‘The proof is in the pudding’ is one of the more uninspired turns of phrase adopted by the British. It derives from the equally unexciting ‘the proof of the pudding is in the eating,’ which, I’m told, means that you have to try something in order to verify its merit – glaringly obvious, I would have thought. The Oxford Dictionary of Quotations, the King James in such matters, claims that topographer William Camden wrote in his 1605 Remaines of a Greater Worke, Concerning Britaine ‘Jt is ywrite that euery thing Hymself sheweth in the tastyng’ as ‘all the proofe of a pudding, is in the eating.’ Perhaps Camden would be turning in his grave to see how we’ve bastardised his musings in our day-to-day life.

So, after a tumultuous week, I thought to myself, what could be better than a delicious French supper, to quell my woes in this time of uncertainty? And there, winking at me in the heart of St James’s, is Boulestin, a relatively new revival of original, which was located in Covent Garden from the 1920s to the late 1990s. What, indeed, could be better for any of us than traditional French food after an exhausting week of British politics? Oh to chomp on some canard and drink to the la Republique and their revolution.

Boulestin looks like it wants you to think it is an institution, with the low-hanging wooden bar and the comforting black and white tiled floor. This is possibly to fend off the ever looming threats of the Corbin-King restaurants that are cropping up all over the city. In fact, the Wolseley is a short walk away from Boulestin. One therefore wants to like Boulestin more: it is miniscule in comparison and, of course, it is independent. Furthermore, there is a charming courtyard at the back of the restaurant, lit by Victorian gas lights where you can dine in the two days of summer and smoke throughout the year.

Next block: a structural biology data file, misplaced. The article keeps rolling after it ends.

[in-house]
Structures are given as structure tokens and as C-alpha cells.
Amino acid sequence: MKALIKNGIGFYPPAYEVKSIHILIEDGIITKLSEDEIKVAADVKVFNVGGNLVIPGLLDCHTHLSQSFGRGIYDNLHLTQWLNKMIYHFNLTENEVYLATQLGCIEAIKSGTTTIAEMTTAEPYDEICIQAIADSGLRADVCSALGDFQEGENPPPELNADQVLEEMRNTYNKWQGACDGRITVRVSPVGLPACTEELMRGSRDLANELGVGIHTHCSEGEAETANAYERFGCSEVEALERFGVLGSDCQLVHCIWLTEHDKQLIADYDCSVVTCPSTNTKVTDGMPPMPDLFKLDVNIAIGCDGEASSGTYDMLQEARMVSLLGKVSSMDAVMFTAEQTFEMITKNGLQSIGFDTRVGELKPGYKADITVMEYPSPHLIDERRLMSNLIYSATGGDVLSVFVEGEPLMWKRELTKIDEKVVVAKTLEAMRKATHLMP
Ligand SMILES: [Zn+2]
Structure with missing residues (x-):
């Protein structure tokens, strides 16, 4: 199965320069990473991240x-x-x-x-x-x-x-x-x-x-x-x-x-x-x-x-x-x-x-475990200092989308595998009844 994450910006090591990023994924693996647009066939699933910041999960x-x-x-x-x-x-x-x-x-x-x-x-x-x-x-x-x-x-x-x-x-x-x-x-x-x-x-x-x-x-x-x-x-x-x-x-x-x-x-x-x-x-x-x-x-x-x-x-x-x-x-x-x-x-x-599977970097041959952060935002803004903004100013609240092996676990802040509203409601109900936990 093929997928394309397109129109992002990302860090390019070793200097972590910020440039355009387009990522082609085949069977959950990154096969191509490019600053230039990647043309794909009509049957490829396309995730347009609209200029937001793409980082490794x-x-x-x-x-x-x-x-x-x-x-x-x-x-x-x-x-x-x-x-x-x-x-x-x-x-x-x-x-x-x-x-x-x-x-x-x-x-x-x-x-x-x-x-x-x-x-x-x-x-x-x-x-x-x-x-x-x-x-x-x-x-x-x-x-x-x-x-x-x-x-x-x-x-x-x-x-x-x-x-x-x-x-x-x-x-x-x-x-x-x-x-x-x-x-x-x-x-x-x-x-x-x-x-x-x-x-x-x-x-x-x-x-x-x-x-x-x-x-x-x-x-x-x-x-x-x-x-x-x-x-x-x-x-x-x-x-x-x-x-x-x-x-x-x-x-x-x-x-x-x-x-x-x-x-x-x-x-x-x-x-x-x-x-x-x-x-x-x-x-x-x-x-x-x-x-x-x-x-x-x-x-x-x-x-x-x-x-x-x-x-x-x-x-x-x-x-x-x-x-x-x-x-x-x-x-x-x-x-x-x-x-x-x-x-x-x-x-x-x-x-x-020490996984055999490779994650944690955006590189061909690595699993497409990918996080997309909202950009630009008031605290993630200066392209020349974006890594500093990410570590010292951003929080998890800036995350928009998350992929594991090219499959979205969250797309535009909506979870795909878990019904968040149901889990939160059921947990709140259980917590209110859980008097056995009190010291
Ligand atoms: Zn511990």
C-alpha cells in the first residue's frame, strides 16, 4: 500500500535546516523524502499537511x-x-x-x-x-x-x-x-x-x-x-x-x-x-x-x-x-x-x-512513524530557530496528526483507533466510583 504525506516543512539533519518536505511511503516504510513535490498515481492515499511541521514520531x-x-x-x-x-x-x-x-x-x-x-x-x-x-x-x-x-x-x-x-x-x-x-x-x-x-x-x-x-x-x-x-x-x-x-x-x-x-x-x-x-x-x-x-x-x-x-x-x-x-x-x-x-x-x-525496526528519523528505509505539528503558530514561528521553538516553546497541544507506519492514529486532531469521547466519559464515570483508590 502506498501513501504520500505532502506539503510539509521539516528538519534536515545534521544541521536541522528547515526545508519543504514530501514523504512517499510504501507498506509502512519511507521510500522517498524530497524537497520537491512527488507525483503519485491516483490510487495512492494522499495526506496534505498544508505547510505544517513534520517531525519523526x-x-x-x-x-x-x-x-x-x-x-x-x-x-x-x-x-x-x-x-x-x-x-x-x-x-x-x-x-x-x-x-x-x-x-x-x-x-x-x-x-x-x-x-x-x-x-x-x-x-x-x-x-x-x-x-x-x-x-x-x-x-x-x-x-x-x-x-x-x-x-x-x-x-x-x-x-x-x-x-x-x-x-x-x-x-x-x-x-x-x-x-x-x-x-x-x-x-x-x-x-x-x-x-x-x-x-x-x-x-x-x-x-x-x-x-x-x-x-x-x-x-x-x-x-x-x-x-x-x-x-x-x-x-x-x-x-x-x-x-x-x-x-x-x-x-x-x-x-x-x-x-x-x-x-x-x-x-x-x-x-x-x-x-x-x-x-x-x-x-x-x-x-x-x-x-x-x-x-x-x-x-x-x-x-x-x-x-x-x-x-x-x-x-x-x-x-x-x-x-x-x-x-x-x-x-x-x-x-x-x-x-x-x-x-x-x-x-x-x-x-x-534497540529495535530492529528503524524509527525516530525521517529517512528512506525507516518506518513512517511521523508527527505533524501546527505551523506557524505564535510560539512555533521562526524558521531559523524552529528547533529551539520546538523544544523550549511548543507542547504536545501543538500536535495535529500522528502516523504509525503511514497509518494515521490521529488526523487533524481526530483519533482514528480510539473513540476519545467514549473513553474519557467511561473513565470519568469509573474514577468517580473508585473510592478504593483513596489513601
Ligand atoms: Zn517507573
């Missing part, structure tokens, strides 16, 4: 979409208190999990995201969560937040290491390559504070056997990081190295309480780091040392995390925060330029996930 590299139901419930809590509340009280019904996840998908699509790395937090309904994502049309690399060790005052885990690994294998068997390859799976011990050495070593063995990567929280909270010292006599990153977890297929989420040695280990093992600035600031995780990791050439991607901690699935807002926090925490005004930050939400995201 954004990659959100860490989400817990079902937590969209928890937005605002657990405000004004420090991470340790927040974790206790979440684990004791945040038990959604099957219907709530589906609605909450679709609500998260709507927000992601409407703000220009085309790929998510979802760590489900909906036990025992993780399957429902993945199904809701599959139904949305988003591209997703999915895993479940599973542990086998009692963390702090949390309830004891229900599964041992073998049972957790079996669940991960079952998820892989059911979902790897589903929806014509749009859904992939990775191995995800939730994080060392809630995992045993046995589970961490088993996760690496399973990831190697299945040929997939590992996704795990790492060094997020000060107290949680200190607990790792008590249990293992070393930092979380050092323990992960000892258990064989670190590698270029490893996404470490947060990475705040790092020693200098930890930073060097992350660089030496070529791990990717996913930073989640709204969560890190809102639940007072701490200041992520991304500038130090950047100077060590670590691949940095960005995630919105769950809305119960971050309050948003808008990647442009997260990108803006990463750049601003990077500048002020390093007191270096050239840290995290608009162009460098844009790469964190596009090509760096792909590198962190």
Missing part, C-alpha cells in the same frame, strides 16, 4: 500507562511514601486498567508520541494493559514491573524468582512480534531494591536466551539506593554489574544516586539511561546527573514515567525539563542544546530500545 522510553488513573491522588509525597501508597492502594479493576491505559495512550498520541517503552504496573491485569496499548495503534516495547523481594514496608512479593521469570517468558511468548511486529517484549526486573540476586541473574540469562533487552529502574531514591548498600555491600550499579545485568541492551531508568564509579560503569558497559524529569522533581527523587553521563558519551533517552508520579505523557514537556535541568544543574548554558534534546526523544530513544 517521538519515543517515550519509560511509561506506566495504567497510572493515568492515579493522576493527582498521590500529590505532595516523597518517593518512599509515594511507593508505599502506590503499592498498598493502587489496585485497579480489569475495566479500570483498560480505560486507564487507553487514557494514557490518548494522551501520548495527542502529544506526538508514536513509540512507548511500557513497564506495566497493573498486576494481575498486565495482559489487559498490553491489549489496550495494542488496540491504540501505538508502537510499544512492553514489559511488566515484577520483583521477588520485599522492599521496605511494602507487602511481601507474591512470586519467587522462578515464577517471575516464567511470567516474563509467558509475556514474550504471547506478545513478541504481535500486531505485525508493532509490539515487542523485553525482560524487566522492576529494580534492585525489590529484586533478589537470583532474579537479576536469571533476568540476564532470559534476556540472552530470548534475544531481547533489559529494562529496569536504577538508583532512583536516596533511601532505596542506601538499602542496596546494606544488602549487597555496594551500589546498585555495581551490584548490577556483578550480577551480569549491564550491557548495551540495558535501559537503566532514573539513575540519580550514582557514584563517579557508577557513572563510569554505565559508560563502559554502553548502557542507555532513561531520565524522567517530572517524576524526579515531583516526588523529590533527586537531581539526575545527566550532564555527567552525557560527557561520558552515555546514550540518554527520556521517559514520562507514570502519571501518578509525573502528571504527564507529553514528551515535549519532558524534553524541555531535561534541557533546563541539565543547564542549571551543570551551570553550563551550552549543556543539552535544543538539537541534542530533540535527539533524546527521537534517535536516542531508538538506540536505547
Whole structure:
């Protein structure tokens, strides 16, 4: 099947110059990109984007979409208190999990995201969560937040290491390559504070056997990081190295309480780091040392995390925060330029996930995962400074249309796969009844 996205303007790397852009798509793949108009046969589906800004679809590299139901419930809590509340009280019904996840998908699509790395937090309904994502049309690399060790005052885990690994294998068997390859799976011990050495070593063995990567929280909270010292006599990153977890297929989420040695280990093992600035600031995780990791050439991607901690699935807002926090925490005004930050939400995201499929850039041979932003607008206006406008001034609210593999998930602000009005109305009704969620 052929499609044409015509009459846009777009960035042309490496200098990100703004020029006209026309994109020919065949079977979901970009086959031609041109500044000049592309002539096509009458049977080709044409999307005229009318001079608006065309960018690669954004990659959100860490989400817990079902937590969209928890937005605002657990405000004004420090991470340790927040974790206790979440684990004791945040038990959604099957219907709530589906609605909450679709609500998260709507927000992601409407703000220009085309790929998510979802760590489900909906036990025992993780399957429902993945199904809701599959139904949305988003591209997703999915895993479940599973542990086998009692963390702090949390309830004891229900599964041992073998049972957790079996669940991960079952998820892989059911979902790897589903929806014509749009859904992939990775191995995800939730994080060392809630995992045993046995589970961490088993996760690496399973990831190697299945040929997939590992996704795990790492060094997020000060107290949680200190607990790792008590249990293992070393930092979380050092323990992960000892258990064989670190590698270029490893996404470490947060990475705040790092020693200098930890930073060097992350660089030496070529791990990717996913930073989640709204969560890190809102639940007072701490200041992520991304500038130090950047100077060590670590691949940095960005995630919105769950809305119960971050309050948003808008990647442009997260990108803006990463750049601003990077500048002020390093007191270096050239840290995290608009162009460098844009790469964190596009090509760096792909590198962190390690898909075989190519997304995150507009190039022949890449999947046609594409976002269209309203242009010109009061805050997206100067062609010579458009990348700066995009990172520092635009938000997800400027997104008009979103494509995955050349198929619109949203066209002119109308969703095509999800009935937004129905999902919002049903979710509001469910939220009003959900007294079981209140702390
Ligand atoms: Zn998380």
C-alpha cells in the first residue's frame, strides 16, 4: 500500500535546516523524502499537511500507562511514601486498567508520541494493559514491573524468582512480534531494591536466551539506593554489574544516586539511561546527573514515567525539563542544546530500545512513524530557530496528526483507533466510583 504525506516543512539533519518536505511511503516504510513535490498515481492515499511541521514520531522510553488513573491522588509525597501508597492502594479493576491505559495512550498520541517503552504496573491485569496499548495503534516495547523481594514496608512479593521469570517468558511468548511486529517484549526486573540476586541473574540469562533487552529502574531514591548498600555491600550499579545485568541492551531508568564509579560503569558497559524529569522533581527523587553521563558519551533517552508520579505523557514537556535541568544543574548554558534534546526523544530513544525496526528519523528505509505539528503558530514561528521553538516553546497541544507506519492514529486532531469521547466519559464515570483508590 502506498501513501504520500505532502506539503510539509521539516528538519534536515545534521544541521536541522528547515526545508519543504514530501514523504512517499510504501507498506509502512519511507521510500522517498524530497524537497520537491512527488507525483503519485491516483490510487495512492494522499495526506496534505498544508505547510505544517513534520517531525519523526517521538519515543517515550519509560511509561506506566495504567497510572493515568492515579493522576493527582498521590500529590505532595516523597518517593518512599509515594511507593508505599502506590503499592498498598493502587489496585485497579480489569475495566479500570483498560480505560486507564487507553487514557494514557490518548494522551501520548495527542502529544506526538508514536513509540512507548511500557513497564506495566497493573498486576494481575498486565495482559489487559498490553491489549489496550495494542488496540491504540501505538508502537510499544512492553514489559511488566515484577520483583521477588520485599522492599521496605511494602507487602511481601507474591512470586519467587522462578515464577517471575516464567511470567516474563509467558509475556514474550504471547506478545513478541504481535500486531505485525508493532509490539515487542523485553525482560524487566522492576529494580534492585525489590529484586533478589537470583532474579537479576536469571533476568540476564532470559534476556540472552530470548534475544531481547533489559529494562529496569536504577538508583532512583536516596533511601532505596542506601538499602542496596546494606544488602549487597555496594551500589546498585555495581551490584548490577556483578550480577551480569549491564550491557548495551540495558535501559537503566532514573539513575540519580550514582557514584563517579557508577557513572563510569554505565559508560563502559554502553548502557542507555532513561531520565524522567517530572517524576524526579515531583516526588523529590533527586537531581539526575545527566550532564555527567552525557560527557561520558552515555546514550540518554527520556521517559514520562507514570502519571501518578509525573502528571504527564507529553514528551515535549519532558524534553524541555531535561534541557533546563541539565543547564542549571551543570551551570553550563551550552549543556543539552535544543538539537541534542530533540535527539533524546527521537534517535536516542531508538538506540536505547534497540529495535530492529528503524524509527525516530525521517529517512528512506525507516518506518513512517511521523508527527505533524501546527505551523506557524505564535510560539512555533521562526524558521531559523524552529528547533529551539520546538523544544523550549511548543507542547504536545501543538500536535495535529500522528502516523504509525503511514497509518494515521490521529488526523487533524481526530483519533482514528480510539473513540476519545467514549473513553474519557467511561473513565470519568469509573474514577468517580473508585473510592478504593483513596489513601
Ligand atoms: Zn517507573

Its namesake, Marcel Boulestin, was a chef and restaurateur, often credited for the proliferation of French food in non-French countries – an unquestionably worthy deed. Boulestin claims to ‘reimagine’ its namesake’s restaurants, based on the books that he wrote. But alas, alack, woe and misery – I fear that Boulestin may be spinning six feet under, along with Camden. For surely, nowhere in the lexicon of the French kitchen, is a quinoa grain to be found. Particularly not alongside a pomegranate seed.

The menu is therefore adventurous, probably an attempt to differentiate Boulestin from other similar models. I chose a burrata and tomato tart, which turned out to be a posh pizza that was a bit heavy on the tapenade; my companion went for grilled octopus with rhubarb. The octopus was smokey and meaty – a rare and delicious treat. For the main course, I chose poussin cooked three ways, my companion opted for the blackened Iberico pork with broad beans and marjoram jus. The poussin was good, I can’t deny it, but it would have been better if it had been cooked one way, well. This, it seems is a common theme at Boulestin – over-shooting, so to speak. The food was perfectly good, the house white – a picpoul – perfectly drinkable. The dining experience (another uninspired British phrase) was overshadowed by a maitre d’ who didn’t seem to hold his hardworking waitresses in high esteem.

There’s a lot to be said for Boulestin. The menu is ambitious, and as such, it’s definitely worth trying. But we didn’t stay for pudding.